Notes from Novogradac

Published by Michael Novogradac on November 1, 2018

In 2017, the 50 states and the District of Columbia reported issuing a record $15.3 billion in multifamily rental housing bonds, representing a 9.3 percent increase from the previous record $14 billion reported issued in 2016, according to the Council of Development Finance Agencies (CDFA). The $21 billion in reported combined multifamily and single family mortgage revenue bond issuance represents a 13.6 percent increase in the portion of the cap used for housing from 2016, when states reported a total of $18.5 billion for housing bond issuance.

Published by Peter Lawrence on November 1, 2018

Time and again, one of the criticisms of the low income housing tax credit (LIHTC) is that housing it finances is disproportionately located in high poverty and/or racially segregated communities.  Moreover, many of these critics claim that the LIHTC stakeholders are actively exacerbating the problem by purposely siting LIHTC developments in high poverty and racially segregated communities.

Published by Michael Novogradac on October 26, 2018

Lame-duck sessions of Congress–the final weeks of a two-year term, those that follow an election–are a Rubik’s Cube of legislative periods. There are multiple moving pieces, each affecting others.

For affordable housing, community development and historic preservation advocates, the 2018 lame-duck session could be fertile ground for long-desired legislation. Or Congress could decide to work on the bare minimum before heading home for the holidays. It depends on moving pieces and how they each affect others.

Published by Michael Novogradac on October 19, 2018

(Updated  Monday, Oct. 22, 2018, 8:25 a.m.)

Published by Peter Lawrence on October 12, 2018

The Internal Revenue Service (IRS) has moved one step closer to releasing long-awaited guidance on the Opportunity Zones (OZ) incentive. On Sept. 12, the IRS sent proposed OZ regulations to the Office of Information and Regulatory Affairs (OIRA), a division of the White House Office of Management and Budget (OMB).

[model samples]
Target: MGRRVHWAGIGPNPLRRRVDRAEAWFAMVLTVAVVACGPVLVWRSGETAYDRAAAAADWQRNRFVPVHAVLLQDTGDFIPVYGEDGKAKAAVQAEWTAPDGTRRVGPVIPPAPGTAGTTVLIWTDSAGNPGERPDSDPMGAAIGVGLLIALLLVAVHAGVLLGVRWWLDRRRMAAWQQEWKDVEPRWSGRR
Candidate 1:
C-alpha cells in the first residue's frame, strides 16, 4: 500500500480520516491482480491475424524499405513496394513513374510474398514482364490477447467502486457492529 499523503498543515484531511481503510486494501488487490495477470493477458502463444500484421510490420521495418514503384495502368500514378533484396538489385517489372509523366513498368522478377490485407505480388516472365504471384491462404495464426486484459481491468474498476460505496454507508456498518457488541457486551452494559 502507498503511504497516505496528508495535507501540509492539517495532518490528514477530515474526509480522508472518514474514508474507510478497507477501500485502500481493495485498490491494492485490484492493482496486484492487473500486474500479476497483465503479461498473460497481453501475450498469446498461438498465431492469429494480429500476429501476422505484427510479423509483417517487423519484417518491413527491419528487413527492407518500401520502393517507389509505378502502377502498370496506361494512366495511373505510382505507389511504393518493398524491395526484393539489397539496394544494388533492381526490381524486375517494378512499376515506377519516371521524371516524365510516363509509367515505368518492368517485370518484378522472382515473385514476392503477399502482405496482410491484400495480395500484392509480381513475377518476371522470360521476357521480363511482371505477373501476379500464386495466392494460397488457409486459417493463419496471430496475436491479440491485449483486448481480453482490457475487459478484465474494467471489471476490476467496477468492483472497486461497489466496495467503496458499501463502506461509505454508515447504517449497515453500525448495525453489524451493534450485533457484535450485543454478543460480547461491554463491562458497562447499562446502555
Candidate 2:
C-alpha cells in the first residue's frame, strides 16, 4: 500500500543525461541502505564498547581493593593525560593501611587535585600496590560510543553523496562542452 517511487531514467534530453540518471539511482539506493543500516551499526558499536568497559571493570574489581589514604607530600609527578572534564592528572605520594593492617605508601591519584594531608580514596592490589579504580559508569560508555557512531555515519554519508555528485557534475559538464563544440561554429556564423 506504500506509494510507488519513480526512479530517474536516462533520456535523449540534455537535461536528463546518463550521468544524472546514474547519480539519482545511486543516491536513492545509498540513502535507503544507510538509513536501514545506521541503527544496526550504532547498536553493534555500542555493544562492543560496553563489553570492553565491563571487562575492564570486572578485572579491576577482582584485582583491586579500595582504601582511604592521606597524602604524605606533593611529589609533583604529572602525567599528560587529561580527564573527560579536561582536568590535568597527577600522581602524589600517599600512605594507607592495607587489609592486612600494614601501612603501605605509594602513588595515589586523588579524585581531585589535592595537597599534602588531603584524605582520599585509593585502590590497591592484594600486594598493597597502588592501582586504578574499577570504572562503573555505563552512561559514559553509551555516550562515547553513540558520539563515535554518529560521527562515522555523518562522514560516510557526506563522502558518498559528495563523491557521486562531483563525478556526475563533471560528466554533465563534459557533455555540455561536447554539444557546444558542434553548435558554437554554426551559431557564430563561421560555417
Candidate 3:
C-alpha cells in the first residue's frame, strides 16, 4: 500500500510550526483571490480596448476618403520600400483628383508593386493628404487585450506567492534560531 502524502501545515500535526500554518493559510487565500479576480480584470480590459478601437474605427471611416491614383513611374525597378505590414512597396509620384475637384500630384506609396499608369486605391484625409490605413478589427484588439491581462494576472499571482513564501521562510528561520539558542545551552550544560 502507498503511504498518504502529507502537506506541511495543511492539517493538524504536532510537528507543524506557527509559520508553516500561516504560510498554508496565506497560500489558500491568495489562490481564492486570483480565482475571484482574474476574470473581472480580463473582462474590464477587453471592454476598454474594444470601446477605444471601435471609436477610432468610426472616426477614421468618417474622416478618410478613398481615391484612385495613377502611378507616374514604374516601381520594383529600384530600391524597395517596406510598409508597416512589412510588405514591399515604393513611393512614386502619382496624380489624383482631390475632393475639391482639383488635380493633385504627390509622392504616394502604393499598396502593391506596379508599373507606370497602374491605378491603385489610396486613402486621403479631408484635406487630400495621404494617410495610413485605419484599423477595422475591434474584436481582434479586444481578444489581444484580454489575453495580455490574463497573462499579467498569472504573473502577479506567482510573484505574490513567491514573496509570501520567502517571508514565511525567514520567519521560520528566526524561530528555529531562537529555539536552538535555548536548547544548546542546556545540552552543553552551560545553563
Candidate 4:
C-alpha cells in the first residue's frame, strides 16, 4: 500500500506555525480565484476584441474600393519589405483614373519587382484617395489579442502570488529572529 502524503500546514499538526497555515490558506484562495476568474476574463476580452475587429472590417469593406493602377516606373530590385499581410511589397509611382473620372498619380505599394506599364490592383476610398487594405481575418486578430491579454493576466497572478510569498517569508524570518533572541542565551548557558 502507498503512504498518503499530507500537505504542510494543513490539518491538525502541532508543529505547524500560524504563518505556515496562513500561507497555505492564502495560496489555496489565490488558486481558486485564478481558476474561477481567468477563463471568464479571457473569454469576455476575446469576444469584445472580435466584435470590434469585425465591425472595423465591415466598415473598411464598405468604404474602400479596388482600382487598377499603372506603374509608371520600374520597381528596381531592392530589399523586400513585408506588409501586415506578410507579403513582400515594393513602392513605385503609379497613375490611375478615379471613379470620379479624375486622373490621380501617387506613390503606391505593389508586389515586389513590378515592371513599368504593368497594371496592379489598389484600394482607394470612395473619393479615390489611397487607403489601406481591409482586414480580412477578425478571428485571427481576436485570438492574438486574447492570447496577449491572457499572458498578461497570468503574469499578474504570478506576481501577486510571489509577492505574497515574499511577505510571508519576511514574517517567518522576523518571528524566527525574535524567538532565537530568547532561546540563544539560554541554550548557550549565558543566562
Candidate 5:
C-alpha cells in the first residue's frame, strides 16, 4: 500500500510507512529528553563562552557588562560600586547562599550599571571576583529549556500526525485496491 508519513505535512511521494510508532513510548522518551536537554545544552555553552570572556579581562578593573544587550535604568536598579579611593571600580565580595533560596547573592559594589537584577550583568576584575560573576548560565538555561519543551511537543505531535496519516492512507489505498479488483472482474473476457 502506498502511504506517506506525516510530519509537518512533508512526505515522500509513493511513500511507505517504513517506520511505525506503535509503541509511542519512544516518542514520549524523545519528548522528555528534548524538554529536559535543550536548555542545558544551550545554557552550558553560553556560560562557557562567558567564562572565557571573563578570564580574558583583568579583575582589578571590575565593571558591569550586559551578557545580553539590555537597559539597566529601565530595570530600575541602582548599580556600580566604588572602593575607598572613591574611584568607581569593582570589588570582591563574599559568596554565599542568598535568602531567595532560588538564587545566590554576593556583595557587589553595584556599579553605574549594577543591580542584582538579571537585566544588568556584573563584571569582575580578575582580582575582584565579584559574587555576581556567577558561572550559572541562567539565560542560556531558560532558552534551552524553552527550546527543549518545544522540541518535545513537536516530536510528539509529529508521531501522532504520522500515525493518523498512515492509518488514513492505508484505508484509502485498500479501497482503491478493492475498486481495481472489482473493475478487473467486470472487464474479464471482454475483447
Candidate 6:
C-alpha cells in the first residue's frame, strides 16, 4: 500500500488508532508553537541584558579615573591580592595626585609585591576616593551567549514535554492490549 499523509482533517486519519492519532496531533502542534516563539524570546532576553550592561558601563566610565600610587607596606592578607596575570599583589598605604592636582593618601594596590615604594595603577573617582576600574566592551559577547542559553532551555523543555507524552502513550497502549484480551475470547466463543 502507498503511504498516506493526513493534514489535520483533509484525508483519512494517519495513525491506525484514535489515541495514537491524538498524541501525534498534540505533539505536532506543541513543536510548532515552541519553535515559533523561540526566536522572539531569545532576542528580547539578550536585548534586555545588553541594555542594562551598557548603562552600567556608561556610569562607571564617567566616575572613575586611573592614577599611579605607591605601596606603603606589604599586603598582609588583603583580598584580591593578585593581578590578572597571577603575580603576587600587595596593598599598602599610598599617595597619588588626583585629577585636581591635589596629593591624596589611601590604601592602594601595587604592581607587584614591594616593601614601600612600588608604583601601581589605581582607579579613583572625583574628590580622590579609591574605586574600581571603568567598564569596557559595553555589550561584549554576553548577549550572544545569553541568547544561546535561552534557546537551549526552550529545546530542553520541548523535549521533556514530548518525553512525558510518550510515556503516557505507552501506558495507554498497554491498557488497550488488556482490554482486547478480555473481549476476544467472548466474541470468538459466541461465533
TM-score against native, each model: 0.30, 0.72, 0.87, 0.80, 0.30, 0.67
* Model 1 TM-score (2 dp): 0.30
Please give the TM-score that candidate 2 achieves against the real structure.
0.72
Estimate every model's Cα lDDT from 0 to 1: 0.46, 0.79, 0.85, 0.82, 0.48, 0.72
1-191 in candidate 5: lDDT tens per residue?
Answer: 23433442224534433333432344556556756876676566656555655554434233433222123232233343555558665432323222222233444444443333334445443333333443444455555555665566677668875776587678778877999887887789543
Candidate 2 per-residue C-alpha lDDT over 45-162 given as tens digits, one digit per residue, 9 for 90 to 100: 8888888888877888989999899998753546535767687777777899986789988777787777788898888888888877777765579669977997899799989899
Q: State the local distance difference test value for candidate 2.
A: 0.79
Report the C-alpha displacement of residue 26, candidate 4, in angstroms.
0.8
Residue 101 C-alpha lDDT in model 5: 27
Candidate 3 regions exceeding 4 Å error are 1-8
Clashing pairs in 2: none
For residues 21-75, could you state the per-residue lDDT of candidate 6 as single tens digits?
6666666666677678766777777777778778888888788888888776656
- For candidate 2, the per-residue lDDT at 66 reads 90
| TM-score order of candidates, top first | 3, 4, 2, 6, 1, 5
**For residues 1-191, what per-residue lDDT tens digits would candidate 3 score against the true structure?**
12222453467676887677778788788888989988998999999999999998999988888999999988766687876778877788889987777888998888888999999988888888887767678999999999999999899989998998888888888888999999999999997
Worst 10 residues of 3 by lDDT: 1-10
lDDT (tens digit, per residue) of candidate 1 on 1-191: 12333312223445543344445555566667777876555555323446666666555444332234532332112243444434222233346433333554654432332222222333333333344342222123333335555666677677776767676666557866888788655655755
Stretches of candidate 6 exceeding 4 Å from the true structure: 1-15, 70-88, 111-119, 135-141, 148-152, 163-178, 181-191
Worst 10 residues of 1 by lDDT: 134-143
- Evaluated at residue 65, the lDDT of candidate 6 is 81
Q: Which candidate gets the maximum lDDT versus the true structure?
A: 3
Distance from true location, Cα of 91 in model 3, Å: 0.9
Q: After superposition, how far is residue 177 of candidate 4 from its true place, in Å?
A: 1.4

Published by Bob Ibanez on October 10, 2018

Now that the opportunity zone (OZ) nomination and designation process has been completed and the Internal Revenue Service (IRS) has published an initial list of 15 frequently asked questions, community and economic development practitioners and policy makers are now focusing on soon to be released proposed regulations from the IRS.

Published by Peter Lawrence on October 4, 2018

Some believe the affordable housing crisis is an urban or even inner-city problem, but new research from the Housing Assistance Council (HAC) highlights the fact that there is a crisis in rural America as much as there is for urban American. Furthermore, HAC’s research shows that not only has the low-income housing tax credit (LIHTC) proven instrumental in creating affordable housing but it has also created this housing in rural parts of the country where the need for such housing is greater than many imagine.  

Published by Bob Ibanez on September 26, 2018

The Internal Revenue Service (IRS) is currently working on guidance on how the qualified opportunity zone (OZ) benefit under Internal Revenue Code (IRC) 1400Z-2 will be administered. Thus far, the IRS has posted a list of Frequently Asked Questions about OZs with additional guidance in the form of interim regulations anticipated in the very near future.

Published by Thomas Stagg on September 14, 2018

On Sept. 13, the U.S. Census Bureau the released the 2017 American Community Survey (ACS) data.  With the release of the 2017 ACS data, Novogradac & Company is able to estimate the national median income, state median incomes as well as low-income housing tax credit (LIHTC) income limits for many areas through 2020.

About the Calculations

The (ACS) is an integral part of HUD’s calculation of area median income. The 2018 ACS data will be used by HUD to calculate the 2020 income limits for LIHTC and Section 8 properties.

Published by Thomas Stagg on September 6, 2018

On Aug. 31, the U.S. Department of Housing and Urban Development (HUD) released the fair market rents (FMR) for fiscal year (FY) 2019.

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